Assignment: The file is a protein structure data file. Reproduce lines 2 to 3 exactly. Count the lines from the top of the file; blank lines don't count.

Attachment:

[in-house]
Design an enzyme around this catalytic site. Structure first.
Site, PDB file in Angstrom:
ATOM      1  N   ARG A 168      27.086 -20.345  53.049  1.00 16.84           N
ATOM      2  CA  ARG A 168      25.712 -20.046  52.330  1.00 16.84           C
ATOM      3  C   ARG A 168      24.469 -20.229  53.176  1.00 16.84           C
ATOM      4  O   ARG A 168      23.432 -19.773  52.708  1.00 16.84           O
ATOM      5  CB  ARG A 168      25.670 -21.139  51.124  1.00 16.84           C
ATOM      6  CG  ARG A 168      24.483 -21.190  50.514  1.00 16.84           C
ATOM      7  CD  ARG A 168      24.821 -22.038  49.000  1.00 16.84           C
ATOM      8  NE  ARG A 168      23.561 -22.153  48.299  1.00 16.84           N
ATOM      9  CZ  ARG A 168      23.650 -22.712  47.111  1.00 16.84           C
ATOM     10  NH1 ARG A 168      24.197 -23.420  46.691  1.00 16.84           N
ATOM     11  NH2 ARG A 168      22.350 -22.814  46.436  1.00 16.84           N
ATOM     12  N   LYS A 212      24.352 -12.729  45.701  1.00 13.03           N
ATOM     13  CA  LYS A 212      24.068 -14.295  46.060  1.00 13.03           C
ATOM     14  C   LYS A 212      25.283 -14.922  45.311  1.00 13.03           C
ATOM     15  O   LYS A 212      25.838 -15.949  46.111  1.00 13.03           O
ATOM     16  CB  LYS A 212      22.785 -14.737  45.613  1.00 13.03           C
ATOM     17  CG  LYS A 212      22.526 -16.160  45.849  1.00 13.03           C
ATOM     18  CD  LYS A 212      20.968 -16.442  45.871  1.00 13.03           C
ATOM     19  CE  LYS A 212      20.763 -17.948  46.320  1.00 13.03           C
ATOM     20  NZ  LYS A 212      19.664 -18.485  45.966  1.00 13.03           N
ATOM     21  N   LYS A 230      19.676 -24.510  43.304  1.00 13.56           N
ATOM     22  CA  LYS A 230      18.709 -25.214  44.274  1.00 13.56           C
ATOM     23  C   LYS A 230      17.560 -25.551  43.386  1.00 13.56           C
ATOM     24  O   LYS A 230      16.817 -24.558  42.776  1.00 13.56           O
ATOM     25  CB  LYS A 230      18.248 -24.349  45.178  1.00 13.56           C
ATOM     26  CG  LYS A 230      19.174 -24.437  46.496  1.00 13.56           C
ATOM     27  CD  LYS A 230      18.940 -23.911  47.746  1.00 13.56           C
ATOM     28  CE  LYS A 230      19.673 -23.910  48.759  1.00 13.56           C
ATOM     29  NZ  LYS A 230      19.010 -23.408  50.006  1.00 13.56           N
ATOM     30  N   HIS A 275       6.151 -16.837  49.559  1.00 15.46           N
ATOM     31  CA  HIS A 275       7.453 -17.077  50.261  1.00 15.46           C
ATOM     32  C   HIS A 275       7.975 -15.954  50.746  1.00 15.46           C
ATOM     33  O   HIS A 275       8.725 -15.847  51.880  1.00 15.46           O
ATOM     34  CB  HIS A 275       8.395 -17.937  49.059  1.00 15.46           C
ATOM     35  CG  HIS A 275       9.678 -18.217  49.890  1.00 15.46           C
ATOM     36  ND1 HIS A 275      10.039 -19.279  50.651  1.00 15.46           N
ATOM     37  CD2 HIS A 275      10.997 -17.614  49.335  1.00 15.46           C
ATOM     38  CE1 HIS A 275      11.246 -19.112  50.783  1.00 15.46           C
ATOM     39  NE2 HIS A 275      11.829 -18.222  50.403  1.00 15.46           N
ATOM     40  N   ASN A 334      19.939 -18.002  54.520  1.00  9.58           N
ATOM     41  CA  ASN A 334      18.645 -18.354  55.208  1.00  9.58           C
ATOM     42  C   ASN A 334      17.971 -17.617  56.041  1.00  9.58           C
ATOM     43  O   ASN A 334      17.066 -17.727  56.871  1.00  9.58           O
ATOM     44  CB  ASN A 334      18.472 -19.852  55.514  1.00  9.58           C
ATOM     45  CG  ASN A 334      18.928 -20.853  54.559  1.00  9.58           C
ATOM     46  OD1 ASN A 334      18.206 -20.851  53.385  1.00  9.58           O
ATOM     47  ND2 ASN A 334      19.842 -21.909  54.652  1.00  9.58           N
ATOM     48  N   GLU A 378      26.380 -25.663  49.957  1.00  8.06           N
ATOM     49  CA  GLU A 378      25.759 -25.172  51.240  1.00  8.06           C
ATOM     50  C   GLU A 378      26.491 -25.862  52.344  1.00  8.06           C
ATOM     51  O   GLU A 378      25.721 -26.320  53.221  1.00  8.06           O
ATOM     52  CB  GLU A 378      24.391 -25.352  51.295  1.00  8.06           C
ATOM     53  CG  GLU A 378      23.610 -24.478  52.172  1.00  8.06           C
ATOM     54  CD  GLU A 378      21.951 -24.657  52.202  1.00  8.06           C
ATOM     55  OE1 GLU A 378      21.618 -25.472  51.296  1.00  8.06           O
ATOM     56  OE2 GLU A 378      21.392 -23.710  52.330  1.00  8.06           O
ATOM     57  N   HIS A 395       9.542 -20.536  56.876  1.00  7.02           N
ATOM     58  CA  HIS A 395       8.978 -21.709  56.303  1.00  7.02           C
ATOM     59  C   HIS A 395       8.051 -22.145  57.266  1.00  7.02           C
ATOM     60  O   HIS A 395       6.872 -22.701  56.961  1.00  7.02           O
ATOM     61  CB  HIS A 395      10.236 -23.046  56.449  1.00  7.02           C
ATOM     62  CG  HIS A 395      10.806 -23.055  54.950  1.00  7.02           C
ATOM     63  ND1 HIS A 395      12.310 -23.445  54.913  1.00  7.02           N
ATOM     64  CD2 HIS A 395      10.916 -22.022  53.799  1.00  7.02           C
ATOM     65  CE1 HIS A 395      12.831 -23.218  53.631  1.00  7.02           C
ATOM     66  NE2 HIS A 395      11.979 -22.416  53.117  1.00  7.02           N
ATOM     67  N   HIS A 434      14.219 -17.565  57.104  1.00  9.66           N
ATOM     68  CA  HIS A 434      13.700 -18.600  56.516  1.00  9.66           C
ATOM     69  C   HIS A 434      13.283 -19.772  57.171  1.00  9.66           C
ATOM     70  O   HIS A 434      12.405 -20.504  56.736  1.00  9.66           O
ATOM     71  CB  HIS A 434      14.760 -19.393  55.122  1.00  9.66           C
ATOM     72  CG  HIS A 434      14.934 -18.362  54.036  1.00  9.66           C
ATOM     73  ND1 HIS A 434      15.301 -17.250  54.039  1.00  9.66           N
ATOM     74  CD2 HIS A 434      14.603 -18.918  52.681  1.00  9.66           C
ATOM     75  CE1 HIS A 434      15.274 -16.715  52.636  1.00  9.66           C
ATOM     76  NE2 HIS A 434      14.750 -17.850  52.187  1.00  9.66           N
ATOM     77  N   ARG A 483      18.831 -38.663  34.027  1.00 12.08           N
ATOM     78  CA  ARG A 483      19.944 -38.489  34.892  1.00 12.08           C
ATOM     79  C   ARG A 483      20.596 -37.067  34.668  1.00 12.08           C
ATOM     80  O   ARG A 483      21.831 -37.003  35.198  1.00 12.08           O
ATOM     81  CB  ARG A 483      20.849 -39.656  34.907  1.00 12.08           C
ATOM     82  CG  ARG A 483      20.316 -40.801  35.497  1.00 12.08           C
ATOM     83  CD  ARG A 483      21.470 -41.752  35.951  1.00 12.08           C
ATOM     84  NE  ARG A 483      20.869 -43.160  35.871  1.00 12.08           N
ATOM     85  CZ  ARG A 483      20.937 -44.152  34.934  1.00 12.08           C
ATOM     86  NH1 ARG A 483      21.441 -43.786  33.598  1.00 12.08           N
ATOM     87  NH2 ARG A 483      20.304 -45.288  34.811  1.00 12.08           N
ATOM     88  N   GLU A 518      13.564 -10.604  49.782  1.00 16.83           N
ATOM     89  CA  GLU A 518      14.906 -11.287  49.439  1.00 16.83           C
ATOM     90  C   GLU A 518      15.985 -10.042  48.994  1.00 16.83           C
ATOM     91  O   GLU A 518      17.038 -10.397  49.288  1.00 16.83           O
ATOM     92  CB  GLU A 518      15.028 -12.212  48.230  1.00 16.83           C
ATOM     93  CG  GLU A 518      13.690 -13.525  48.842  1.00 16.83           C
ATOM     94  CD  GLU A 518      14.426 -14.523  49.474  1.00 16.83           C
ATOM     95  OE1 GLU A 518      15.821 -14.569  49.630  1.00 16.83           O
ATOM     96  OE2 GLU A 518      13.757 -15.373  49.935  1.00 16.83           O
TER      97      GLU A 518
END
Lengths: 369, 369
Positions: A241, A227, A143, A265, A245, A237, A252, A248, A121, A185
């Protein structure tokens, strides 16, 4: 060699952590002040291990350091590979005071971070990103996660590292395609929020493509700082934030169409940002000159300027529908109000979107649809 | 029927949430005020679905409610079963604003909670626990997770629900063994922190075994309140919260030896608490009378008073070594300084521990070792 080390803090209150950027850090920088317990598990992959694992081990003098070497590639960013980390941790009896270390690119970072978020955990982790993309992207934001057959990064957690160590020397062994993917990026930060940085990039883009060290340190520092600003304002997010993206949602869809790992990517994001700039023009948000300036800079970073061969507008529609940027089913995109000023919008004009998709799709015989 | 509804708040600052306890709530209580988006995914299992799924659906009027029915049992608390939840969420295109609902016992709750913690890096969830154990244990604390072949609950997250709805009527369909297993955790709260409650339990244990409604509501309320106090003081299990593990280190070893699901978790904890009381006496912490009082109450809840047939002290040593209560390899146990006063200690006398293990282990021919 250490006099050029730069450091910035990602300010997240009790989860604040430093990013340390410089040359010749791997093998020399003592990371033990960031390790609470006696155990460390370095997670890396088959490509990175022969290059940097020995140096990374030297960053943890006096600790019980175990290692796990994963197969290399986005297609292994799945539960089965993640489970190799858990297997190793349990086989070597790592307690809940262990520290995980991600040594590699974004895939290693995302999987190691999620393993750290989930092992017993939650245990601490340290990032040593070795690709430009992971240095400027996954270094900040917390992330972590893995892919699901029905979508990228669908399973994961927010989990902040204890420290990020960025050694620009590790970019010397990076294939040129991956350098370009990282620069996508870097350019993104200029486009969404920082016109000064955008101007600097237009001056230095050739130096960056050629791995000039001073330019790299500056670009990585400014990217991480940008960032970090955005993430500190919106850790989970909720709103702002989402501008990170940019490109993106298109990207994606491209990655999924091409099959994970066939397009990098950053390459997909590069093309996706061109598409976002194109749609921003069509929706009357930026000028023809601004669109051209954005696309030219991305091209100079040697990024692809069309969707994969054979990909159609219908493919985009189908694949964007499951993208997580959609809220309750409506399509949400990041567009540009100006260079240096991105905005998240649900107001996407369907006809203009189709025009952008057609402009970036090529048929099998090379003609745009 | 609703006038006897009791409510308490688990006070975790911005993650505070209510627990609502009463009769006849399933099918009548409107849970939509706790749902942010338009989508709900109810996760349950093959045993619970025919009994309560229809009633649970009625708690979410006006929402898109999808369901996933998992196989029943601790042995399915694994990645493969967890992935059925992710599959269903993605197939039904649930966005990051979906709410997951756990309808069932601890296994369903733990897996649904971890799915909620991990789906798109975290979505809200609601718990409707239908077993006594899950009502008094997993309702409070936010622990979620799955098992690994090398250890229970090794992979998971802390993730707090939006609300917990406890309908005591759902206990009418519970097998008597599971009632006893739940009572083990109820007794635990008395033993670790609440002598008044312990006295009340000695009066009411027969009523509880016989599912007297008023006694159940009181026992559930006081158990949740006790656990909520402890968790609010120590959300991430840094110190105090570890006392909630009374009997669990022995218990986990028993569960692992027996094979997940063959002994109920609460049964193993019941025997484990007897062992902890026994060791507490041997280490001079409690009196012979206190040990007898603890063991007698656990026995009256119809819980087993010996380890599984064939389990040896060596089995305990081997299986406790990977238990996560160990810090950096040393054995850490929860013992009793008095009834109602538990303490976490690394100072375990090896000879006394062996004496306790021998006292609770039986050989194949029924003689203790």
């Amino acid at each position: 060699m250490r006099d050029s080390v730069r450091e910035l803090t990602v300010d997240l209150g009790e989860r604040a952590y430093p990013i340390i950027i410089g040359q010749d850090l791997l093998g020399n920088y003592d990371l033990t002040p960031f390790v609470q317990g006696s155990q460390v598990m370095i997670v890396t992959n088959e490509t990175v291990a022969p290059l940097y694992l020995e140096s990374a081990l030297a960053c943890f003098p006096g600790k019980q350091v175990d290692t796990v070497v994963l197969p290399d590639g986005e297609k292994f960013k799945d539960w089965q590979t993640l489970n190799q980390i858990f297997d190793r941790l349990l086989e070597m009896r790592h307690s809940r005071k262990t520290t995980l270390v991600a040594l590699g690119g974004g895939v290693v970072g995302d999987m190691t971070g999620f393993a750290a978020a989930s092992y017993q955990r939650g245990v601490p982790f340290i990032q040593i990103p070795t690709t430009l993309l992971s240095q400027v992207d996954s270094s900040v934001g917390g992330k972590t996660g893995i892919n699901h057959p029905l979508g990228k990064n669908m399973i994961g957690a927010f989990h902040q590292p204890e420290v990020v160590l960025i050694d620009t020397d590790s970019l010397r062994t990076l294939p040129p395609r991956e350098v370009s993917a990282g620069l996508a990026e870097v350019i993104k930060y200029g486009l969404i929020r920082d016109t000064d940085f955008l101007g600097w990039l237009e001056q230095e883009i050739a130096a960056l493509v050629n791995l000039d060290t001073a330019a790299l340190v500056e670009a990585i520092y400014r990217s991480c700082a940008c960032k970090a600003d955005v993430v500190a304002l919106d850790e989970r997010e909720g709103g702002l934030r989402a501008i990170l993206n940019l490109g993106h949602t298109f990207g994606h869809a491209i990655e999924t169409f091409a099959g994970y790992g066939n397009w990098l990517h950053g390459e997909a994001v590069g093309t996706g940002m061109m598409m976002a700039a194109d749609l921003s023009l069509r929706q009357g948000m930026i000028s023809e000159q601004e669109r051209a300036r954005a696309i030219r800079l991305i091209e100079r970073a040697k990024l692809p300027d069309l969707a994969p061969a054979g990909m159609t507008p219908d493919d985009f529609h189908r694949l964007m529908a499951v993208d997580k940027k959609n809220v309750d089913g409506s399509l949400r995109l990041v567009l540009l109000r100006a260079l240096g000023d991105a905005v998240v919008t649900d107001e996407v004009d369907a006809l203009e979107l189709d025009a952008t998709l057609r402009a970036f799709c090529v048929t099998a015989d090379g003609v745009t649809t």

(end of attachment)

Design an enzyme around this catalytic site. Structure first.
Site, PDB file in Angstrom: